Despite your best efforts to police your employees and protect customers and business partners, chances are high that you will at some point have to investigate allegations of theft.
You might assume that discharging an employee for a proven theft would involve very little risk of repercussion. The reality is quite the opposite. Because of the seriousness of such an allegation, employees discharged for theft often bring wrongful discharge claims.
The likelihood of a claim increases significantly if authorities are involved and charges against the employee are dismissed. You must exercise special caution and then plan and execute an investigation that is designed to stand up to any later wrongful discharge claims.
Step 1. Put the Appropriate People on the Case.
At least two individuals should be involved and, optimally, one should not be personally acquainted with the subject. This will help avoid claims that the allegation was trumped up against an employee by a hostile or biased investigator.
Step 2. Make Sure the Accused Tells Their Side.
You must allow any employee being investigated to tell their story and include the account in your record of the investigation. Otherwise, a jury may think the employee was railroaded.
Step 3. Follow Your Own Policies.
If your company has a protocol for investigations, it must be followed to the letter. Juries demand that employers follow written procedures. Failure to do so can serve as evidence of “pretext” — a justification for a course of action that is found to be false — and could defeat your efforts at winning the case on written motions rather than going all the way to trial.
Step 4. Make Sure Witnesses Provide Their Own Testimony.
It is important for witnesses to write their statements in their own handwriting and using their own words. Nothing tanks the credibility of a witness faster than when they don’t understand the meaning of words used in “their” written statement when testifying on the stand.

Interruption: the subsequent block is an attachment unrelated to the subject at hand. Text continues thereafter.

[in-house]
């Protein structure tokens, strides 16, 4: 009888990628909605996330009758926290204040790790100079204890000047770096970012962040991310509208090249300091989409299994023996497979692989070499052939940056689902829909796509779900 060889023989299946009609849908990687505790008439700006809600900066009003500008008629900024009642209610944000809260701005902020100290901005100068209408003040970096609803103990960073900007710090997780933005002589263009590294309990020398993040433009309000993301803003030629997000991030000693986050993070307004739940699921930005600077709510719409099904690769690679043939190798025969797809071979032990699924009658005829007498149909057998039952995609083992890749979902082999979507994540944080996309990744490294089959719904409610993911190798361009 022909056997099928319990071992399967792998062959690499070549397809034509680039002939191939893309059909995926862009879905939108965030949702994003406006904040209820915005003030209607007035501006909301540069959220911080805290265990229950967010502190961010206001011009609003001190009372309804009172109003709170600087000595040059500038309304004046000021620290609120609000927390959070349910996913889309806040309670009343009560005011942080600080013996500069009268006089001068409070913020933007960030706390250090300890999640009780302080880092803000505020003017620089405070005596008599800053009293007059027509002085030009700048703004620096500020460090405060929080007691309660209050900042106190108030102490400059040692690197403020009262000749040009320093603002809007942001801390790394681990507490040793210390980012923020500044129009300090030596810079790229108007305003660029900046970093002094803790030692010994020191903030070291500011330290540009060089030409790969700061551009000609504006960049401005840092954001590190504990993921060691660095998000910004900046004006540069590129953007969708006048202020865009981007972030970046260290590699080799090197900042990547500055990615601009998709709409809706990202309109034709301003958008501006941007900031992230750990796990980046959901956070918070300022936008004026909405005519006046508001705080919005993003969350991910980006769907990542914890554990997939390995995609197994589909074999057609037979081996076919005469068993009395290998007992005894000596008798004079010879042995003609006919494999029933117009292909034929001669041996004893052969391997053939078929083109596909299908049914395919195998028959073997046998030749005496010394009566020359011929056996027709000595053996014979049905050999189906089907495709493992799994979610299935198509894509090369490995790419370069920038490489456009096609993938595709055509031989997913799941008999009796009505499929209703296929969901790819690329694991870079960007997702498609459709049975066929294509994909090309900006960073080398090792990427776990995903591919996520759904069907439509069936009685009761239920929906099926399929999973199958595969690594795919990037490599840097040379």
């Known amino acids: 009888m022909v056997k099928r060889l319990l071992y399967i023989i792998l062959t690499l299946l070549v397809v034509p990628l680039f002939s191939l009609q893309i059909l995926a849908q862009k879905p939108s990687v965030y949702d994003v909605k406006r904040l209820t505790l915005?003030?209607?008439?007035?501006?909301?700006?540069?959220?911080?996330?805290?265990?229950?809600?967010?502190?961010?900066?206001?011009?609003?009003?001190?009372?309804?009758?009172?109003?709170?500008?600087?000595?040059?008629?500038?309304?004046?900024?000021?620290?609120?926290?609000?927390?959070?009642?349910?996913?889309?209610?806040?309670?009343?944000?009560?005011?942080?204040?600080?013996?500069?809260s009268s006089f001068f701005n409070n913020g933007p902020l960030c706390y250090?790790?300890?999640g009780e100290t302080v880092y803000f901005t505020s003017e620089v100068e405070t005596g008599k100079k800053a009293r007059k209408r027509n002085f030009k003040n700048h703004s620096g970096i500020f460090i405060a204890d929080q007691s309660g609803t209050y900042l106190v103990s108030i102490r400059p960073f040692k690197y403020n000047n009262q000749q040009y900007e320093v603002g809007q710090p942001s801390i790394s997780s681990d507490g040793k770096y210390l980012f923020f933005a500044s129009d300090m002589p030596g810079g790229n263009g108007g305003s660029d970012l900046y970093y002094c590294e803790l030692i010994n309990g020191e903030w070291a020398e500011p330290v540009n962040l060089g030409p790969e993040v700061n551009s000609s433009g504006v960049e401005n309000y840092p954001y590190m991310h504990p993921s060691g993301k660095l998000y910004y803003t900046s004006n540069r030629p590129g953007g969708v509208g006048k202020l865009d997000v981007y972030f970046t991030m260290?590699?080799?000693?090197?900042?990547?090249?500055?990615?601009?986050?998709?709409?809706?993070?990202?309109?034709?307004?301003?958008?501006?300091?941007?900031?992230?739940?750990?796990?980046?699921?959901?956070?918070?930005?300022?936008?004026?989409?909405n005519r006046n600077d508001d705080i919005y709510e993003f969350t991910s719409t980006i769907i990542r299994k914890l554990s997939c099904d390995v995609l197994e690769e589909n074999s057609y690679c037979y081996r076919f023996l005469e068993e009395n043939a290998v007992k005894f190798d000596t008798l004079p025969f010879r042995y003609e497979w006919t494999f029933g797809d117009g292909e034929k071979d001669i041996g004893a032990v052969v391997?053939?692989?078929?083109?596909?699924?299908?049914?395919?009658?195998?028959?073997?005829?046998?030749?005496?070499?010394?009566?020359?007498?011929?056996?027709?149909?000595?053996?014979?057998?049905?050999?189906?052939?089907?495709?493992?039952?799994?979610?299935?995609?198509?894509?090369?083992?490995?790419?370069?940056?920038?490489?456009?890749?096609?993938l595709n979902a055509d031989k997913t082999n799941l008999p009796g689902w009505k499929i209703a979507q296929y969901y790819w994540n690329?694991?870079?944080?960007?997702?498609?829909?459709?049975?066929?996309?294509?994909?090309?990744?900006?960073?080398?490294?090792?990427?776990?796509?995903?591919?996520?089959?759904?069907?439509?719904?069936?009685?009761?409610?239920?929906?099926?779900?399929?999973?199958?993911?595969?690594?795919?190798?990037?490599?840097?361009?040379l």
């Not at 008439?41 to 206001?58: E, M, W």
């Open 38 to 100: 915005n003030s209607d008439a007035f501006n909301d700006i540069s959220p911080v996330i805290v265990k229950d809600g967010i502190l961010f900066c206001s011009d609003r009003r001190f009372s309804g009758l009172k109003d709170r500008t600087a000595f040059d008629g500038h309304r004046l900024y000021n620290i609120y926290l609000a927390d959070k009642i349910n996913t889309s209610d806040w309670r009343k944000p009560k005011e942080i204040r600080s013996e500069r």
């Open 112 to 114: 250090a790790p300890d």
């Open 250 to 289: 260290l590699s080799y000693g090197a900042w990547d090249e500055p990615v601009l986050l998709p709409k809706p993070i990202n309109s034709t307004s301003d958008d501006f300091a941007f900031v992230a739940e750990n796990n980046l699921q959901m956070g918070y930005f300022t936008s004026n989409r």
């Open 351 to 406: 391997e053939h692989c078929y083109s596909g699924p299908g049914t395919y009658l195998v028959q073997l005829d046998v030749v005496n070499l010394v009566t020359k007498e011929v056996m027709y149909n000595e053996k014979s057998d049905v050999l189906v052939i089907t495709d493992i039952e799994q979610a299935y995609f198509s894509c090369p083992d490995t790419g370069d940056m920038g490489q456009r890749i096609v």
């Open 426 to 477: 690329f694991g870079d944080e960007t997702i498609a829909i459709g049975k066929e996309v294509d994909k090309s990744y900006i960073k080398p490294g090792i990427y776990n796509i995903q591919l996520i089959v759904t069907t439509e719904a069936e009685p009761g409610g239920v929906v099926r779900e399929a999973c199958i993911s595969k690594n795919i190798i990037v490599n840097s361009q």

Step 5. Preserve Records and Recordings.
Even if you obtain a written confession of theft, it will be no substitute for a complete investigative file. Your investigator must organize and store all the records of the investigation for future use. Nothing should be destroyed.
If you plan to use business records or recordings that are ordinarily destroyed in accordance with your company’s record retention and destruction protocol, they should be moved from their usual location and preserved.
Just as video footage of an employee pocketing a twenty is strong evidence in a court, not having that video footage is strong evidence for the plaintiff in an employment trial. If the video is missing, no explanation will overcome a jury’s assumption that you did not want them to see the video for some nefarious reason.
Likewise, if an investigator reviews evidence, such as financial reports, stored on a computer, they should create copies of these records to be included in the investigation file.
Finally, you should avoid the following tactics:
- Listening devices: Hiding a baby monitor in the breakroom to try to catch employees talking about stealing is likely illegal under federal anti-wiretapping laws and state privacy statutes.
- Trapping the employee: Do not prevent an employee from leaving an interview and do not block their access to the exit. Doing so could lead to a false imprisonment claim and make it appear a confession was coerced.
- Unauthorized searches: Digging through an employee’s purse or other personal belongings without consent to search could generate an invasion of privacy claim.
- Lie detectors: Using a lie detector during an investigation of monetary loss could open you up to legal claims, given strict federal regulations on the subject.
You can implement strong safeguards to reduce employee theft. Eliminating it entirely is impossible. By following these guidelines when investigating, you can greatly diminish the opportunity for the insult of an expensive lawsuit being added to the injury of theft.
Tim Scott is an attorney in the New Orleans office of Fisher Phillips, where his practice focuses on employment litigation. Contact him at [email protected]